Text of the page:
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Newspaper Page Text
To good-clothes wearers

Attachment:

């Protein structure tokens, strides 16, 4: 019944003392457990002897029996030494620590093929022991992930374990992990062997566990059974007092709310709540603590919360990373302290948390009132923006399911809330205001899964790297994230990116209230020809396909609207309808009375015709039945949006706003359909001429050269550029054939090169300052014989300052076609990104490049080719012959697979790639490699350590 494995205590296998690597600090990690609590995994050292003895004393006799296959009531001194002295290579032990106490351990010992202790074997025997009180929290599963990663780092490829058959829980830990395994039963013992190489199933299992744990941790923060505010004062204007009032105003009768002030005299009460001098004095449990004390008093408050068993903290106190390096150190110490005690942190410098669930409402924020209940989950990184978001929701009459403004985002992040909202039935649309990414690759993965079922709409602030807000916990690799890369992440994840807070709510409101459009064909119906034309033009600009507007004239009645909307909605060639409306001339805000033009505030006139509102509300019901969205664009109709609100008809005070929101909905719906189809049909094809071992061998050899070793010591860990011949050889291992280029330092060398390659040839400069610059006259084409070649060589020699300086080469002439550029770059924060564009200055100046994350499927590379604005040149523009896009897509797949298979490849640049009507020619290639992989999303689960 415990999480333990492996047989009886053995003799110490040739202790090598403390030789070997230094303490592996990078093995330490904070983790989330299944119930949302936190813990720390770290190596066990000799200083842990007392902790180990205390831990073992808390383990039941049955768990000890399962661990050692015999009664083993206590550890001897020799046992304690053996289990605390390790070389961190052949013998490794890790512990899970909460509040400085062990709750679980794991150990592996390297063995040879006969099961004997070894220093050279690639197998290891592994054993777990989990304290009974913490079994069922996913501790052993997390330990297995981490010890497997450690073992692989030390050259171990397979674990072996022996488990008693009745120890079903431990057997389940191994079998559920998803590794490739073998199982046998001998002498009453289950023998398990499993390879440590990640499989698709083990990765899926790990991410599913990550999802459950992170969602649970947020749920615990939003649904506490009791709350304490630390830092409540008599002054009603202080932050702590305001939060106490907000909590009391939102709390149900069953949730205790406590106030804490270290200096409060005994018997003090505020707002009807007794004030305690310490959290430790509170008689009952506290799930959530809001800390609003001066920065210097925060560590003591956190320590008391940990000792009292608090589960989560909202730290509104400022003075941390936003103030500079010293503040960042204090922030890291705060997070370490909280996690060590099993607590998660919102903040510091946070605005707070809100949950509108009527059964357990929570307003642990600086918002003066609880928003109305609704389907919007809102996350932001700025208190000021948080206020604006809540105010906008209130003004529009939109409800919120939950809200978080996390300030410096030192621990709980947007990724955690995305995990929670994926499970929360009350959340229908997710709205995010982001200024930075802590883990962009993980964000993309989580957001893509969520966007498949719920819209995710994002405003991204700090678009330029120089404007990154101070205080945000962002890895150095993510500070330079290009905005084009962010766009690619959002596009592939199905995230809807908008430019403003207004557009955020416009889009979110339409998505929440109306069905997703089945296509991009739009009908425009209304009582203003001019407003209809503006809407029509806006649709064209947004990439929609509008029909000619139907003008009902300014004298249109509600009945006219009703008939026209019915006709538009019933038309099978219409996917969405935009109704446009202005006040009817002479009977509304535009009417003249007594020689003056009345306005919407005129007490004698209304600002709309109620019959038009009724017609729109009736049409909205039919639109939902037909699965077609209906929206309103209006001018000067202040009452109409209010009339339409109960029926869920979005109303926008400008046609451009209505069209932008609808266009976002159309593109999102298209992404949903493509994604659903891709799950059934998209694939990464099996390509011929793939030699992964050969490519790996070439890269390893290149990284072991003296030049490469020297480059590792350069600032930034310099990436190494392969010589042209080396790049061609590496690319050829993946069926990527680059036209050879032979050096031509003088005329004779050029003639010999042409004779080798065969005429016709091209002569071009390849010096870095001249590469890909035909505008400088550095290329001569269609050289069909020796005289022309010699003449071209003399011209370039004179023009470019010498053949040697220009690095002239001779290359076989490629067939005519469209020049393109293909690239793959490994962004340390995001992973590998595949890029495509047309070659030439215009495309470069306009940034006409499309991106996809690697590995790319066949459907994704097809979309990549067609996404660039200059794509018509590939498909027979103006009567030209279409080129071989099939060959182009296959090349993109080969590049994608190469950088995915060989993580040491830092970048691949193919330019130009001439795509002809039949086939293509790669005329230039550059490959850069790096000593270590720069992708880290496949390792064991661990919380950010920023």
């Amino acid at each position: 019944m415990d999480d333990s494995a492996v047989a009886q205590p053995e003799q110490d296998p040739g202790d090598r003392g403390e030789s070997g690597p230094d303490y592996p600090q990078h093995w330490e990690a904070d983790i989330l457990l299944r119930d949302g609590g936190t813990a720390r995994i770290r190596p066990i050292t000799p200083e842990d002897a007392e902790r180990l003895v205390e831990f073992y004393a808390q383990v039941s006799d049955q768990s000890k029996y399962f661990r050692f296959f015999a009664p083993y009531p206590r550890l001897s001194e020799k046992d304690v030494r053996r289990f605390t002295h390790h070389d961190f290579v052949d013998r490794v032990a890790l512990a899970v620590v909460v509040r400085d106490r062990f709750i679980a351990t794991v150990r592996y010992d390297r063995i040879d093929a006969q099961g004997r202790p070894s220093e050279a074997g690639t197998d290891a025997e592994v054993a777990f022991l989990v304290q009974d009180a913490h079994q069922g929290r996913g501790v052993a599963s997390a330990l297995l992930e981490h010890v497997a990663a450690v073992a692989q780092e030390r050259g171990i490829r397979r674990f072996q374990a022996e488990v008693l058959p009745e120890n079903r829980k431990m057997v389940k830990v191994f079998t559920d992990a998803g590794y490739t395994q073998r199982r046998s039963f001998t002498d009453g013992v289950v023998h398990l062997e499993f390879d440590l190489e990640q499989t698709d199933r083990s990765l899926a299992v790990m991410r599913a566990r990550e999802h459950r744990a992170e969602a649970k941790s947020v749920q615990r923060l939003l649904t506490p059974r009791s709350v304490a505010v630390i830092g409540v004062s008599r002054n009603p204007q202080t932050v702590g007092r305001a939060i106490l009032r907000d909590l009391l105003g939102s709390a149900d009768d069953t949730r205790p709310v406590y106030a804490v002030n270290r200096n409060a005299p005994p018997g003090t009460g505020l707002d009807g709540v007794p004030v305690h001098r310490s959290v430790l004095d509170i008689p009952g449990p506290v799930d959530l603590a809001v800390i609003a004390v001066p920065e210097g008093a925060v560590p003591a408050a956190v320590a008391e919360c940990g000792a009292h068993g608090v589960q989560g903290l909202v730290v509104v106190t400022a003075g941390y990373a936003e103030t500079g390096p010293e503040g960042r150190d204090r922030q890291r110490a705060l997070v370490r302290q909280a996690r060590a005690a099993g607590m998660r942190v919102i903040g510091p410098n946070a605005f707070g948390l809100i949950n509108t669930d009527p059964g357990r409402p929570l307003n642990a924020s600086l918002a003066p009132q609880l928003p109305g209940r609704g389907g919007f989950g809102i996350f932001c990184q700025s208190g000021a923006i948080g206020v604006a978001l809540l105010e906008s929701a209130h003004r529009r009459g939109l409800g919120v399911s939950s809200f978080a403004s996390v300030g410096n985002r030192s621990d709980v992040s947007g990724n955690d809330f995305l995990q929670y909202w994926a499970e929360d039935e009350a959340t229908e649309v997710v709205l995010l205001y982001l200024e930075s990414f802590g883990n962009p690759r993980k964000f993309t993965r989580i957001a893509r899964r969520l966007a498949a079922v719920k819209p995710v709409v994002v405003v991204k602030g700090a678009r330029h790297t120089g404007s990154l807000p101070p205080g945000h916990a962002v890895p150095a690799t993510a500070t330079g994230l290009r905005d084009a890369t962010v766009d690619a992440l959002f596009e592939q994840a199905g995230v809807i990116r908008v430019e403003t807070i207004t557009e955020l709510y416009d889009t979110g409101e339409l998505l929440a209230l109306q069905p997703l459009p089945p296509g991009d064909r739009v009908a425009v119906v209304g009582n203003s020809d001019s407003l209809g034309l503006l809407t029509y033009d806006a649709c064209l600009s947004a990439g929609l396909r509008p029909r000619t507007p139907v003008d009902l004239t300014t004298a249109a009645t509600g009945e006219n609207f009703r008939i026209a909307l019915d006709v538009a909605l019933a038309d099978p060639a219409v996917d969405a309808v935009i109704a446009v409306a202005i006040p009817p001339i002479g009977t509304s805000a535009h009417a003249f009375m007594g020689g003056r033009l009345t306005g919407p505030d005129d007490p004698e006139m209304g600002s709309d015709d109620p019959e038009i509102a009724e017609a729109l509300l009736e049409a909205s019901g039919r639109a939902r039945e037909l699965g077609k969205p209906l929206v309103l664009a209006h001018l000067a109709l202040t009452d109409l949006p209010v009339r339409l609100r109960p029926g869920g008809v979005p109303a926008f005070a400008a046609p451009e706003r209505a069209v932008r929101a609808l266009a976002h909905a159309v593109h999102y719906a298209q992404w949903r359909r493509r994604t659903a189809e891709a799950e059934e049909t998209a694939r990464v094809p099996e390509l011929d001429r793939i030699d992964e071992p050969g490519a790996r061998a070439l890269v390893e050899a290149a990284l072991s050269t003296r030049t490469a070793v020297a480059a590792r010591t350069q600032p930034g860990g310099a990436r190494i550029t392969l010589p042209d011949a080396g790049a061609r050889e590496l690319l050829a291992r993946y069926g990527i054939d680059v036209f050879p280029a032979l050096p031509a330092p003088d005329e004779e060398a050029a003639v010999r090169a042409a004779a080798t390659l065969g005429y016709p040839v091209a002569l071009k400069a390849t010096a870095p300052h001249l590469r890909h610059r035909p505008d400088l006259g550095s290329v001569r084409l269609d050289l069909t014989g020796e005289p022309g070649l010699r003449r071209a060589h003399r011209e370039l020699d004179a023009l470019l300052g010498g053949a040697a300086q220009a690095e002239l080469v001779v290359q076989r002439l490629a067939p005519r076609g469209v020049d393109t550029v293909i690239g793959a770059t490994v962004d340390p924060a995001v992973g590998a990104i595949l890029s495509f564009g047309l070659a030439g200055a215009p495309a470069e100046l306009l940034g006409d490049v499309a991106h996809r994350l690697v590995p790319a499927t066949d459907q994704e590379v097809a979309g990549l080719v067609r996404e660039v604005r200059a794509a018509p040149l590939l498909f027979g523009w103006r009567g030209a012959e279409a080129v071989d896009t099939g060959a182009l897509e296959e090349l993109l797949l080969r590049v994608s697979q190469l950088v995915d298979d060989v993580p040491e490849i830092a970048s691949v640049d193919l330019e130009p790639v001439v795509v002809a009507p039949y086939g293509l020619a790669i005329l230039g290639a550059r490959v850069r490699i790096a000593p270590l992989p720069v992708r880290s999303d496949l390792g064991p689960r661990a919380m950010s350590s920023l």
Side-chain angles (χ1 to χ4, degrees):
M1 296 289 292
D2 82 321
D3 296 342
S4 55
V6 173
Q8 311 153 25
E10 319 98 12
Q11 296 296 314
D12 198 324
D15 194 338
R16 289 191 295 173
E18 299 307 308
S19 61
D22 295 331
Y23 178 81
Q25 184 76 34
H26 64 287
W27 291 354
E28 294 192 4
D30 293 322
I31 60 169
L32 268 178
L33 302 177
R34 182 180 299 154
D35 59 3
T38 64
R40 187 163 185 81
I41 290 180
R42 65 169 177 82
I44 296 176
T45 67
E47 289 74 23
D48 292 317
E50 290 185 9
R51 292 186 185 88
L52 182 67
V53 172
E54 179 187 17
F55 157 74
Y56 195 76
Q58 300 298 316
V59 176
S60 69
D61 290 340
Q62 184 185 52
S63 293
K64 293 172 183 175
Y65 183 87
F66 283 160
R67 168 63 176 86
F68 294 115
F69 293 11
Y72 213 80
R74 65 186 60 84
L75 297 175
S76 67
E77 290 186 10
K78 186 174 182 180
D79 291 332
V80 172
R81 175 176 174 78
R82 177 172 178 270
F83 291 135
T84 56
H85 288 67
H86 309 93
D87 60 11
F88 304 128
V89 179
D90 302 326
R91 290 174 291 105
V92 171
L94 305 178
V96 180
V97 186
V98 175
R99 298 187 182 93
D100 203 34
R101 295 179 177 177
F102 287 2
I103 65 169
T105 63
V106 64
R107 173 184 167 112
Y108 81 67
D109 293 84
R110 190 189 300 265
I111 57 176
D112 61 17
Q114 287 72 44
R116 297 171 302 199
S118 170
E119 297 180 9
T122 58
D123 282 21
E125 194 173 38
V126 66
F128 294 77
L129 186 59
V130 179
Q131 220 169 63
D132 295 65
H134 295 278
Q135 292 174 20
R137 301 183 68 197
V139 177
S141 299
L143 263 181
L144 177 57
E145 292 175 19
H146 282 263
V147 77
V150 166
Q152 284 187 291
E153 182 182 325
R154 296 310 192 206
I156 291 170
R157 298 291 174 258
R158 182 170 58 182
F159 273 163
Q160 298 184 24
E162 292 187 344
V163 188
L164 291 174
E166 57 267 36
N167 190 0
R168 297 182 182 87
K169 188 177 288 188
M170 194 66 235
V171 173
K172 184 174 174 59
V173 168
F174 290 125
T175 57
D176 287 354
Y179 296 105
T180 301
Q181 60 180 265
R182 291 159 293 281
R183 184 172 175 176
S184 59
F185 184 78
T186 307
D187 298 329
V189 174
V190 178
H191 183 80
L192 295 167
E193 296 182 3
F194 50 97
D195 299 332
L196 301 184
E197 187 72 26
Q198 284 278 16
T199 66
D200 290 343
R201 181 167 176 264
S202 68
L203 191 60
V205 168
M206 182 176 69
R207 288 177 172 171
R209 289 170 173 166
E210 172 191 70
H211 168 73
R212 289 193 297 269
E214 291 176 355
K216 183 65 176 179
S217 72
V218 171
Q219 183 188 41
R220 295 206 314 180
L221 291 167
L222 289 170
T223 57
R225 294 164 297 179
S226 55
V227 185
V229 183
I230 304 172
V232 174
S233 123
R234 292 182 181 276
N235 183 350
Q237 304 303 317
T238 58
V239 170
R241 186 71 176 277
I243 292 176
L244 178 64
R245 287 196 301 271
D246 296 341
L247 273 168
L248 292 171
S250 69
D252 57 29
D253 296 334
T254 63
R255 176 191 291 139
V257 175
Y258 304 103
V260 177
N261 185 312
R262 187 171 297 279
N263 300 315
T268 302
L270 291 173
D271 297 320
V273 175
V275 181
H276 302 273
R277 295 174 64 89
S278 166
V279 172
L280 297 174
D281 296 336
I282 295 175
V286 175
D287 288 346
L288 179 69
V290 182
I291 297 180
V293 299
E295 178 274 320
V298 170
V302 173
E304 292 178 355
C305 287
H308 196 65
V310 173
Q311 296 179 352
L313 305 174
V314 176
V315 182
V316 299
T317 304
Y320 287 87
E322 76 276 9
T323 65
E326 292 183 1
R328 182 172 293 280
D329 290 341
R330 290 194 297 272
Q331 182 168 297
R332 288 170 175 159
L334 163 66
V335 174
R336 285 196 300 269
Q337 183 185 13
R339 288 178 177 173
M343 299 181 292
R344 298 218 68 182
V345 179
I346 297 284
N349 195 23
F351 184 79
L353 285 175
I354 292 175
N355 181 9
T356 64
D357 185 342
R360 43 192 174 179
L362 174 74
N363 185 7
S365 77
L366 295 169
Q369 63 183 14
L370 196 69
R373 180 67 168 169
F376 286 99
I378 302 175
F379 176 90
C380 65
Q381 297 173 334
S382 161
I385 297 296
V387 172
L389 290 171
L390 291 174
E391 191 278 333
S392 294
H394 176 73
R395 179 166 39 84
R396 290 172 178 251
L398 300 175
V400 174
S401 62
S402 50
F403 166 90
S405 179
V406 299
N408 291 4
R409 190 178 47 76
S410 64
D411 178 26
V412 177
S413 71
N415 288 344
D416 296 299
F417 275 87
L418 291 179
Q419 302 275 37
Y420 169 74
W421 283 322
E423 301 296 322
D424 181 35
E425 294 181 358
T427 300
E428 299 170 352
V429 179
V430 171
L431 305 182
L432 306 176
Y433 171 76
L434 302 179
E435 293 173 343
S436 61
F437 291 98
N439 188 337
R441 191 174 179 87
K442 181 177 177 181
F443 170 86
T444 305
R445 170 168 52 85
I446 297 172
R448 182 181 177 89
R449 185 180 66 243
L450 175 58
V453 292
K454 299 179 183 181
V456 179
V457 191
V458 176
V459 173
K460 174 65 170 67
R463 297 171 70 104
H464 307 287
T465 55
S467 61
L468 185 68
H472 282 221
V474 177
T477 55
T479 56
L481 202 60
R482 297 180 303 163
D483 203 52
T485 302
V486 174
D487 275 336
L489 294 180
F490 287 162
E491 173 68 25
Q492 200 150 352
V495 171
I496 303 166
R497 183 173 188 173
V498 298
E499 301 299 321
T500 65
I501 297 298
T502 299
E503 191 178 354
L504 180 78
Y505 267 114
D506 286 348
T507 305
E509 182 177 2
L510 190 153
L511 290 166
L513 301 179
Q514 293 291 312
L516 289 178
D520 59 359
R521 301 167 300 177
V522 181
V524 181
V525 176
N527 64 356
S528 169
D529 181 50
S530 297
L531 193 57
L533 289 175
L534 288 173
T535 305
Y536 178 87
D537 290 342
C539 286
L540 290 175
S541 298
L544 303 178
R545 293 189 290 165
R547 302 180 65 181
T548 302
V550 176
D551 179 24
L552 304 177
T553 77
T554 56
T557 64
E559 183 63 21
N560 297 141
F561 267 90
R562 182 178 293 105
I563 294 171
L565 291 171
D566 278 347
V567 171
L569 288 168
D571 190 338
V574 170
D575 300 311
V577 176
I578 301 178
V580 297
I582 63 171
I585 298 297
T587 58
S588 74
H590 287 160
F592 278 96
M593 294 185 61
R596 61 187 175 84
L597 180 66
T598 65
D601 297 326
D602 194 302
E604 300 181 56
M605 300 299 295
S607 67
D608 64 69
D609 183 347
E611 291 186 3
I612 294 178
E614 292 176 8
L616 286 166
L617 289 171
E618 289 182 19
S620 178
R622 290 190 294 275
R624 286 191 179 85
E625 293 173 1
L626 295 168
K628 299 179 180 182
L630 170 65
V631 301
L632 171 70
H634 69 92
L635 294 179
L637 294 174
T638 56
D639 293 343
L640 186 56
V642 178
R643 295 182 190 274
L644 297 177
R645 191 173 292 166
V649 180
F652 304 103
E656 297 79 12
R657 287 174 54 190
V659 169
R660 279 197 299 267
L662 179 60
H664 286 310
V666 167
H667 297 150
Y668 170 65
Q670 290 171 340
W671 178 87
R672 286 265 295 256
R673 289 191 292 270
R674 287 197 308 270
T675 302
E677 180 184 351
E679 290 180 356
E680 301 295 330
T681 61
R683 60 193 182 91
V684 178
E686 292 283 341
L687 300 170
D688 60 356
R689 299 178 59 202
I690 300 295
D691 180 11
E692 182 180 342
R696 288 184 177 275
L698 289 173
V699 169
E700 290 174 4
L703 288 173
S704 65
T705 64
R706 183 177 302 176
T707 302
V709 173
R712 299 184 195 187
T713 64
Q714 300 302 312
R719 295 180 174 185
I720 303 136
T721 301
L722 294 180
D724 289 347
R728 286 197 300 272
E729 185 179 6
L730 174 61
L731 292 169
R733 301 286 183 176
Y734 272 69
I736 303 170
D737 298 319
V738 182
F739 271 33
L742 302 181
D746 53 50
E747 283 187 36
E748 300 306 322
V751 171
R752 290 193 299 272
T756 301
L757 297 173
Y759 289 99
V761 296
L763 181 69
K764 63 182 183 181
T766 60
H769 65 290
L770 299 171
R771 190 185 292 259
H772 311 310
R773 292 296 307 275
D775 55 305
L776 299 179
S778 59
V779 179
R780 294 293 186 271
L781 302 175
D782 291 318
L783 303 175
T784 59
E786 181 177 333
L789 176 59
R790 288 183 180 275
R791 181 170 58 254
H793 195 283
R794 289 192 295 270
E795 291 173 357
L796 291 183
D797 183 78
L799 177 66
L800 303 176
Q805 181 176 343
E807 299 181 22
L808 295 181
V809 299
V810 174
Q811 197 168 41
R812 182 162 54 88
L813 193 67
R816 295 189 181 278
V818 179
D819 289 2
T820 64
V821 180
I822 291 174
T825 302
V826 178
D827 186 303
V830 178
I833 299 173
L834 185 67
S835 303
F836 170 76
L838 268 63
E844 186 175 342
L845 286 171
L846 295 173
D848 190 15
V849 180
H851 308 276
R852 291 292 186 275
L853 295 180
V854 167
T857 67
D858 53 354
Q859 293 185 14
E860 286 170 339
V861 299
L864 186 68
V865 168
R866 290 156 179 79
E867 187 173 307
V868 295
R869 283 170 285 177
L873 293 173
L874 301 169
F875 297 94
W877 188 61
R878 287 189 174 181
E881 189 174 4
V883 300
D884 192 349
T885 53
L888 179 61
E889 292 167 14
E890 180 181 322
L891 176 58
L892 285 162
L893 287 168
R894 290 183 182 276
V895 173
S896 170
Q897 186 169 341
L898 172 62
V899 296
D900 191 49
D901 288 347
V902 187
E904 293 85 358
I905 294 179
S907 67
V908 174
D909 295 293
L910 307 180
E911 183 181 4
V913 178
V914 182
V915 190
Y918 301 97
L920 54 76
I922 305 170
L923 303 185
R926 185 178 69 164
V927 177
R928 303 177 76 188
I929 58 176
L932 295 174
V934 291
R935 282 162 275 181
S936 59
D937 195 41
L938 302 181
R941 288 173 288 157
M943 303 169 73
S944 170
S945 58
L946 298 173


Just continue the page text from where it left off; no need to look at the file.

BECAUSE wool, like many other good things, is higher priced, most clothing manufacturers have deliberately cheapenedtheir qualities, to keep prices down. Mercerized cotton, and other cotton yarns are mixed with the wool in clothing fabrics; the cost is less, and so is the wear-value; the saving is made at the wearer’s expense. There are not half a dozen clothing manufacturers in the country who have not sacrificed good quality to price. The excuse is—"It is necessary in order to hold our trade;” which amounts to saying that you who want good clothes will not pay for having them good. If your grocer puts sand in your sugar to avoid charging you a cent a pound more, for fear he “would lose your trade,” he’d lose it, all right. But you let a clothing manufacturer do the same thing to your clothes; put into them, in some cases, as much as sixty or seventy-five per cent of cotton; you may be wearing such clothes now. Under the circumstances, you are justified in assuming that anv manufacturer or clothier who doesn’t say plainly that his clothes are all wool is offering you cotton-mixed goods. He may have a lot to say about style and fit, and the way they’re made; but if he dodges on the all-wool point, depend upon it, the “sand is in the sugar.” You may buy such clothes if you choose. If you do so because they’re cheap, and you think you cant afford better, you deserve respect; but you 11 find all-wool the real economy. We stand for the highest possible quality in clothes; we use, and will have, none but all-wool fabrics, We are against “mercerized cotton” in clothing fabrics because it opens the way to general adulteration of fabrics; it lowers the quality for more than it lowers the price; many a man is paying almost the full all-wool price for goods half cotton. We have been told that we could not maintain this position; that we would lose trade; that the pressure for low prices would force us to lower qualities. On the contrary, our goods are more than ever in de mand, for what they are, rather than for what they cost; there are enough men who want the best to keep us busy. We take our stand on this question in the interests of high standards in the business of making, selling and wearing clothes; we’d like to see every man who wants honest merchandise taking his stand with us, whether he wears our clothes or not. Hart Schaffner & Marx Good Clothes Makers M. WEIL & BRO. | Sole Agents (j 1915 and 1917 First Avenue | Birmingham, Ala.